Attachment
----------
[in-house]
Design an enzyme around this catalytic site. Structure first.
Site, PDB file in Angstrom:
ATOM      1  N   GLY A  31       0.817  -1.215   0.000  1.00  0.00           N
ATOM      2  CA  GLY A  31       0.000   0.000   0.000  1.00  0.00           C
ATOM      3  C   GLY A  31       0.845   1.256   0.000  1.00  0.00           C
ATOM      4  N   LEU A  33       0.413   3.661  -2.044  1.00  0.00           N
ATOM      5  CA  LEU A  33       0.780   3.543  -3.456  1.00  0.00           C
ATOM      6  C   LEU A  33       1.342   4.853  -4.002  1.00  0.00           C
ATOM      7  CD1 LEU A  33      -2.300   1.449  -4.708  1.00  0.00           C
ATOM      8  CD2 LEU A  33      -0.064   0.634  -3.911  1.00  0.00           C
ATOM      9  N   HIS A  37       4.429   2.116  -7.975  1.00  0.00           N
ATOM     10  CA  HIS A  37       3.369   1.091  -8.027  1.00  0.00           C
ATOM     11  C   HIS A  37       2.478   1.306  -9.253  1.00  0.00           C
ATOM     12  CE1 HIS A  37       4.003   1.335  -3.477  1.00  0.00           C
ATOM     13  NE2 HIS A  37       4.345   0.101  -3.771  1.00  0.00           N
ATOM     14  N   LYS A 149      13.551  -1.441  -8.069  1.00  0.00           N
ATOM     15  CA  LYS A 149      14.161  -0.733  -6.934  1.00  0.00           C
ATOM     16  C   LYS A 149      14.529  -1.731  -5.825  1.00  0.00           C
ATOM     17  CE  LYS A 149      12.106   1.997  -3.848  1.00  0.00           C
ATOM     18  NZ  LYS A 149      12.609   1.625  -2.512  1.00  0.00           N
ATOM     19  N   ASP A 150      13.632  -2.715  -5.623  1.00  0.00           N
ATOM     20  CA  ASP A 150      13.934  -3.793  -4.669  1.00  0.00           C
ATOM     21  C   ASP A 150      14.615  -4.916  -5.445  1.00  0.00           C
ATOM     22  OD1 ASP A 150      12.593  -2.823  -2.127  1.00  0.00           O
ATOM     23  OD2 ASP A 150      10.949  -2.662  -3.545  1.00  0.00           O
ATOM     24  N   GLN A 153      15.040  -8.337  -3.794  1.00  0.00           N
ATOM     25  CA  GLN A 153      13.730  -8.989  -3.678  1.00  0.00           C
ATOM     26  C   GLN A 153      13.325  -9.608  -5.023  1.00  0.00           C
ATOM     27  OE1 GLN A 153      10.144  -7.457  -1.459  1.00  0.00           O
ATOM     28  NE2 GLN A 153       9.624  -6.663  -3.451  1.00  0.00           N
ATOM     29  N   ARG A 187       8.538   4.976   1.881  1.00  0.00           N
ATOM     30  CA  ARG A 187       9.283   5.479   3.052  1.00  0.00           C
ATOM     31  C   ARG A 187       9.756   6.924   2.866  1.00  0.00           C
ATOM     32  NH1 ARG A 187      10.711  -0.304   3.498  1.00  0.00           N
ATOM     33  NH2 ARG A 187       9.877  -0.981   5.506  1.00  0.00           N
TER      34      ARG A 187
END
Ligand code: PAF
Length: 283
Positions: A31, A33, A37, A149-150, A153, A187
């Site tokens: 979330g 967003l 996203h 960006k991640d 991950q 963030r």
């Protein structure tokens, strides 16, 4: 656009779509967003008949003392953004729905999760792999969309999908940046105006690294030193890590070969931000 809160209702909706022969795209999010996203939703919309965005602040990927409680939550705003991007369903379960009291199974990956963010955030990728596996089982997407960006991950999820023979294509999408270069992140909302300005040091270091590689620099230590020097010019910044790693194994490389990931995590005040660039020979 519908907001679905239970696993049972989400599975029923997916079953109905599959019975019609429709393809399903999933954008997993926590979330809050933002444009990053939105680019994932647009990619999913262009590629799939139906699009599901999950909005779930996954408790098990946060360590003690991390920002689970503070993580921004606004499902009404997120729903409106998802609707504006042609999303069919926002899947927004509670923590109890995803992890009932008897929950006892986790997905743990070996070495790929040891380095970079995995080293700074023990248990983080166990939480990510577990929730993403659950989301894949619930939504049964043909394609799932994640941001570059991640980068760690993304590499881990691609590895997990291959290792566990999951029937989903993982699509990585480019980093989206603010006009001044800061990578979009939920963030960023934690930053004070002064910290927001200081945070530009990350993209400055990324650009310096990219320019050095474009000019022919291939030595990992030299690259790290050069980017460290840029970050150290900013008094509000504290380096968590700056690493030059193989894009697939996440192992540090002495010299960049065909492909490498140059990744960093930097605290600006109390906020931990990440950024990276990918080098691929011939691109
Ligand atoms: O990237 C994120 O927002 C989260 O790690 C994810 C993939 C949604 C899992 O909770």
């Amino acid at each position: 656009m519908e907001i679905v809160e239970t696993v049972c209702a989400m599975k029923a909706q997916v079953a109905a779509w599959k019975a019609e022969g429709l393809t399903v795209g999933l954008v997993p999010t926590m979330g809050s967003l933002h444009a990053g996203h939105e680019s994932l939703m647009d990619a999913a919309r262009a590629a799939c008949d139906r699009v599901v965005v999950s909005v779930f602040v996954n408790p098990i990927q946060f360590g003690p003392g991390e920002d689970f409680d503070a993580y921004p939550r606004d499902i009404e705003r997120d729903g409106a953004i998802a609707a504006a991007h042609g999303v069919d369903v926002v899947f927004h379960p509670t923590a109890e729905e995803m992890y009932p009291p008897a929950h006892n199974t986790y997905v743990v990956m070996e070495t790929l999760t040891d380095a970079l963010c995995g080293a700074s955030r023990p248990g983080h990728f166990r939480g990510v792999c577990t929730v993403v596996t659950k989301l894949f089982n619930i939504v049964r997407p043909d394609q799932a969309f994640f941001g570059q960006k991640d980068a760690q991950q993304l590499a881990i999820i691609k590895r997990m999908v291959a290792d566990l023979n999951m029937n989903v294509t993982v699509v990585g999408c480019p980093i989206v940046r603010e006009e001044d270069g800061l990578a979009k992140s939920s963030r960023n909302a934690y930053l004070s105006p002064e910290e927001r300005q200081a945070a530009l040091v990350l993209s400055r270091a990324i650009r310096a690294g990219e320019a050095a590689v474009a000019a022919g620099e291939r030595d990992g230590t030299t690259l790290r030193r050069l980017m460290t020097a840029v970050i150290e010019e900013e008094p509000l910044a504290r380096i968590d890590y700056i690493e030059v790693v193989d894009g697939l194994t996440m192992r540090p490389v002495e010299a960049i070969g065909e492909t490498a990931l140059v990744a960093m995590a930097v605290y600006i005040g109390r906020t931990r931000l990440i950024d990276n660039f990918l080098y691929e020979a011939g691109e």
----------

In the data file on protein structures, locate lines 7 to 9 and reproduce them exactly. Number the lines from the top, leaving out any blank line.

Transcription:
ATOM      4  N   LEU A  33       0.413   3.661  -2.044  1.00  0.00           N
ATOM      5  CA  LEU A  33       0.780   3.543  -3.456  1.00  0.00           C
ATOM      6  C   LEU A  33       1.342   4.853  -4.002  1.00  0.00           C